Tuesday, August 8, 2017

UPDATED::As a psychiatrist, I diagnose mental illness. Also, I help spot demonic possession. - The Washington Post

So Gallagher is in the news again drumming up business and feeding the delusions of the delusional. 
UPDATE:: When exorcists need help, they call him
He also insists that he's on the side of science.

He says he's a stickler for the scientific method, that it teaches people to follow the facts wherever they may lead.

Growing up in a large Irish Catholic family in Long Island, he didn't think much about stories of possession. But when he kept seeing cases like Julia's as a professional, he says, his views had to evolve.

"I don't believe in this stuff because I'm Catholic," he says. "I try to follow the evidence."

Being Catholic, though, may help.

Gallagher grew up in a home where faith was taken seriously. His younger brother, Mark, says Gallagher was an academic prodigy with a photographic memory who wanted to use his faith to help people. 
Wow!!  This makes me embarrassed to admit I at one time I was studying to enter the field of psychiatry. What Gallagher seems to miss and I find egregious, he is victimizing the people he is supposed to be helping.  Belief is a dangerous thing and Gallagher proves this point. 

I am really at a loss with this one,,,
Is it possible to be a sophisticated psychiatrist and believe that evil spirits are, however seldom, assailing humans? Most of my scientific colleagues and friends say no, because of their frequent contact with patients who are deluded about demons, their general skepticism of the supernatural, and their commitment to employ only standard, peer-reviewed treatments that do not potentially mislead (a definite risk) or harm vulnerable patients. But careful observation of the evidence presented to me in my career has led me to believe that certain extremely uncommon cases can be explained no other way.,,,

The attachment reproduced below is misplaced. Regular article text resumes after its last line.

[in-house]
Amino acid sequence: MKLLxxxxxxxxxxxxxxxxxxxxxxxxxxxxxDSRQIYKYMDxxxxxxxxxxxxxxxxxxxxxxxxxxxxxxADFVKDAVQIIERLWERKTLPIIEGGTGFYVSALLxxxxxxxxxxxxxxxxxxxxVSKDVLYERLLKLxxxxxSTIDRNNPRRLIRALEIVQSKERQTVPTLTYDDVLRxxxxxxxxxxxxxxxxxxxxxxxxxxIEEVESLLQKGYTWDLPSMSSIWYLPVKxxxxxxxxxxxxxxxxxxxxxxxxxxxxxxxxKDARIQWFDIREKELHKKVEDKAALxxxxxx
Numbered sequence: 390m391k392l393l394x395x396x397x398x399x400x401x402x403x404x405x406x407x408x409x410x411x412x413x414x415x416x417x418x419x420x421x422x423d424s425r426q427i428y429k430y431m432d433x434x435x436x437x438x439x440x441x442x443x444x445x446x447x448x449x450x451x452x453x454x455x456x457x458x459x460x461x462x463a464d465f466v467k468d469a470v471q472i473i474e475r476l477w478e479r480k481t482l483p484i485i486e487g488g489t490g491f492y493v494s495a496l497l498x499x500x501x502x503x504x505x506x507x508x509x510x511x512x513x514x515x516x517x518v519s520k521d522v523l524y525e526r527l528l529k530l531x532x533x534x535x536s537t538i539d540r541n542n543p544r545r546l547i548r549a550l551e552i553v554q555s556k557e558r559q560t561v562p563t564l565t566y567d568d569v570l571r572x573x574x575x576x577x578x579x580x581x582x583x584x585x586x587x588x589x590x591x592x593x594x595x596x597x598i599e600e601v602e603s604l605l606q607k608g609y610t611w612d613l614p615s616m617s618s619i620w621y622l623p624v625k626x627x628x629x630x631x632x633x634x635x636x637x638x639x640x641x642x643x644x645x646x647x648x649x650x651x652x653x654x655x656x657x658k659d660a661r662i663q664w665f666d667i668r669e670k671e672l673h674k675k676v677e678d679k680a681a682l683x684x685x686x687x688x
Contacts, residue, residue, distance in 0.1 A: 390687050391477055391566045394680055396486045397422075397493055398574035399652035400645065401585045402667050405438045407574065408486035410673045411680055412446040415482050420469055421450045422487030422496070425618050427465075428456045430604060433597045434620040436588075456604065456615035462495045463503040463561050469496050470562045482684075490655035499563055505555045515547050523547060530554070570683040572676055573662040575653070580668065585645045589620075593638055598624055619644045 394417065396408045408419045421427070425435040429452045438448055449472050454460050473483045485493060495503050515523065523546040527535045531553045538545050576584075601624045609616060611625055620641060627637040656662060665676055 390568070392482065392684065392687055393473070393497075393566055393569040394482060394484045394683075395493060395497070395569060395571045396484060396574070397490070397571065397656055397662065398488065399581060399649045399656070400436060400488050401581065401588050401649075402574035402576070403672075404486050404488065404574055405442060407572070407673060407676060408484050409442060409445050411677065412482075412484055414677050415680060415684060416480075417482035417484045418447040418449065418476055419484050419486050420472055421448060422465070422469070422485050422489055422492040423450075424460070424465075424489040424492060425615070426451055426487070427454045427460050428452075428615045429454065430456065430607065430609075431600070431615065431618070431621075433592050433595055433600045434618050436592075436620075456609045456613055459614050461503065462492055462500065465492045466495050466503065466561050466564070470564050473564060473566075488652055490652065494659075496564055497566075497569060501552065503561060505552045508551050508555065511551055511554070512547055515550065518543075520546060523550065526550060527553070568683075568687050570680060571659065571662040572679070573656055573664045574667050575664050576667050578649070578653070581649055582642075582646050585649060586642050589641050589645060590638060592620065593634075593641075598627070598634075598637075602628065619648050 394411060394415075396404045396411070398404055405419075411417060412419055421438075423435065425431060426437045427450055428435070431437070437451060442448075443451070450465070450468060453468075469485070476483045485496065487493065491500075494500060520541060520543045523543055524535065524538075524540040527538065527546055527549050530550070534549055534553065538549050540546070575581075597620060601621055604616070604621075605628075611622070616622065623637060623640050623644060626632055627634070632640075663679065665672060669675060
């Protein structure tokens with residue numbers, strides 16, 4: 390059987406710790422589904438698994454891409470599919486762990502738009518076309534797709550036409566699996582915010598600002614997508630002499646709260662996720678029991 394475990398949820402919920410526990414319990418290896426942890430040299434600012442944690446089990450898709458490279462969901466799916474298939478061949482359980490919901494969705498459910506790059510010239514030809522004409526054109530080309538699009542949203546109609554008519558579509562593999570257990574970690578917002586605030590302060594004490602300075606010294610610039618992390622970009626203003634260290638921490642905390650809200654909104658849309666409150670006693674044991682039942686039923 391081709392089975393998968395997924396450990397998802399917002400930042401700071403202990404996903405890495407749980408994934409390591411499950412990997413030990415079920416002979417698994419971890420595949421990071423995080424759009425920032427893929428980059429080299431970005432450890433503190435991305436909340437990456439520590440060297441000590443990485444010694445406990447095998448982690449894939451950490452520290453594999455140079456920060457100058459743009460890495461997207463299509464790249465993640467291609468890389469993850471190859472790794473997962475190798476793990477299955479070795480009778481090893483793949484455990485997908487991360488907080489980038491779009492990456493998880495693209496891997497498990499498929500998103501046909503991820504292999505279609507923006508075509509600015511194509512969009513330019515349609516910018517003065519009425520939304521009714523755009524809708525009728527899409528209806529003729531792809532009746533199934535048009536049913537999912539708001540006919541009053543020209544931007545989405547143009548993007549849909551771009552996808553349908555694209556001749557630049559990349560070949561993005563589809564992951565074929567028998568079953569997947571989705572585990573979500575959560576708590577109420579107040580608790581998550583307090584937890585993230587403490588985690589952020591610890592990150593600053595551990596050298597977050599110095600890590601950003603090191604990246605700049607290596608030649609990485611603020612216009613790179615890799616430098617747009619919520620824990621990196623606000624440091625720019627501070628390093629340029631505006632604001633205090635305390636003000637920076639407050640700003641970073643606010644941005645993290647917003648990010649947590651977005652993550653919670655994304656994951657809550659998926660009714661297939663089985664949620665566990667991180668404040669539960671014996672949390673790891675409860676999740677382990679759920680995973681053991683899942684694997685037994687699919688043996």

But I believe I’ve seen the real thing. Assaults upon individuals are classified either as “demonic possessions” or as the slightly more common but less intense attacks usually called “oppressions.” A possessed individual may suddenly, in a type of trance, voice statements of astonishing venom and contempt for religion, while understanding and speaking various foreign languages previously unknown to them. The subject might also exhibit enormous strength or even the extraordinarily rare phenomenon of levitation. (I have not witnessed a levitation myself, but half a dozen people I work with vow that they’ve seen it in the course of their exorcisms.) He or she might demonstrate “hidden knowledge” of all sorts of things — like how a stranger’s loved ones died, what secret sins she has committed, even where people are at a given moment. These are skills that cannot be explained except by special psychic or preternatural ability.
As a psychiatrist, I diagnose mental illness. Also, I help spot demonic possession. - The Washington Post

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